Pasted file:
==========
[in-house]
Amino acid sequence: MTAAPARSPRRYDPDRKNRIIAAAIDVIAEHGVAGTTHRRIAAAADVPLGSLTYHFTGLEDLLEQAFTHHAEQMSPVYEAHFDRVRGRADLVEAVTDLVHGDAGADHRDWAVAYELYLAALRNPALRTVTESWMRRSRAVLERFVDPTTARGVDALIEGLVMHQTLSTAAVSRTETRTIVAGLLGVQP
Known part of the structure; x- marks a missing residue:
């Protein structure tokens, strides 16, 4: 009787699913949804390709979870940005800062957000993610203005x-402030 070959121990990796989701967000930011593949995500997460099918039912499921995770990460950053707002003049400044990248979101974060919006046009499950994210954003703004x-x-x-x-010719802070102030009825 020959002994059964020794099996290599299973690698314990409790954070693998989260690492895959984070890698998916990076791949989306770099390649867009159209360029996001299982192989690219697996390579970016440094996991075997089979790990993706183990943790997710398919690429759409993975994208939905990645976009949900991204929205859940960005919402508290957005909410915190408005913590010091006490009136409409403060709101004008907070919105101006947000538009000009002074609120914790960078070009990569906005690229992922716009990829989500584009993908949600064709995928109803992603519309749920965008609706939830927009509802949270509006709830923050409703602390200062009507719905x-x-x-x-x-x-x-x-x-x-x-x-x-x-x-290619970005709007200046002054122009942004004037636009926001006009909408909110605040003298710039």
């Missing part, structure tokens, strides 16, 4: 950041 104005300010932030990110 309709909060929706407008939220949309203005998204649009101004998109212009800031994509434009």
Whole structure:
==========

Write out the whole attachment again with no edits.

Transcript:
[in-house]
Amino acid sequence: MTAAPARSPRRYDPDRKNRIIAAAIDVIAEHGVAGTTHRRIAAAADVPLGSLTYHFTGLEDLLEQAFTHHAEQMSPVYEAHFDRVRGRADLVEAVTDLVHGDAGADHRDWAVAYELYLAALRNPALRTVTESWMRRSRAVLERFVDPTTARGVDALIEGLVMHQTLSTAAVSRTETRTIVAGLLGVQP
Known part of the structure; x- marks a missing residue:
């Protein structure tokens, strides 16, 4: 009787699913949804390709979870940005800062957000993610203005x-402030 070959121990990796989701967000930011593949995500997460099918039912499921995770990460950053707002003049400044990248979101974060919006046009499950994210954003703004x-x-x-x-010719802070102030009825 020959002994059964020794099996290599299973690698314990409790954070693998989260690492895959984070890698998916990076791949989306770099390649867009159209360029996001299982192989690219697996390579970016440094996991075997089979790990993706183990943790997710398919690429759409993975994208939905990645976009949900991204929205859940960005919402508290957005909410915190408005913590010091006490009136409409403060709101004008907070919105101006947000538009000009002074609120914790960078070009990569906005690229992922716009990829989500584009993908949600064709995928109803992603519309749920965008609706939830927009509802949270509006709830923050409703602390200062009507719905x-x-x-x-x-x-x-x-x-x-x-x-x-x-x-290619970005709007200046002054122009942004004037636009926001006009909408909110605040003298710039």
């Missing part, structure tokens, strides 16, 4: 950041 104005300010932030990110 309709909060929706407008939220949309203005998204649009101004998109212009800031994509434009």
Whole structure: